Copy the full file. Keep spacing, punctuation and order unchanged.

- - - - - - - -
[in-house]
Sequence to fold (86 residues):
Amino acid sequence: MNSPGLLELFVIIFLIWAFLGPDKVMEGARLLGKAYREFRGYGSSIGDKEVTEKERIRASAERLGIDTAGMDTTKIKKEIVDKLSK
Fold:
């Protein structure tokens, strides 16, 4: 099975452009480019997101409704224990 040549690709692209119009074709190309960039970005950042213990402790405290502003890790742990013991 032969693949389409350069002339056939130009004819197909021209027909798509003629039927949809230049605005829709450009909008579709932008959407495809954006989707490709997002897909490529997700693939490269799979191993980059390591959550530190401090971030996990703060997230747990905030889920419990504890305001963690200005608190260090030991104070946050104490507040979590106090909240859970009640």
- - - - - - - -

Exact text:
[in-house]
Sequence to fold (86 residues):
Amino acid sequence: MNSPGLLELFVIIFLIWAFLGPDKVMEGARLLGKAYREFRGYGSSIGDKEVTEKERIRASAERLGIDTAGMDTTKIKKEIVDKLSK
Fold:
């Protein structure tokens, strides 16, 4: 099975452009480019997101409704224990 040549690709692209119009074709190309960039970005950042213990402790405290502003890790742990013991 032969693949389409350069002339056939130009004819197909021209027909798509003629039927949809230049605005829709450009909008579709932008959407495809954006989707490709997002897909490529997700693939490269799979191993980059390591959550530190401090971030996990703060997230747990905030889920419990504890305001963690200005608190260090030991104070946050104490507040979590106090909240859970009640």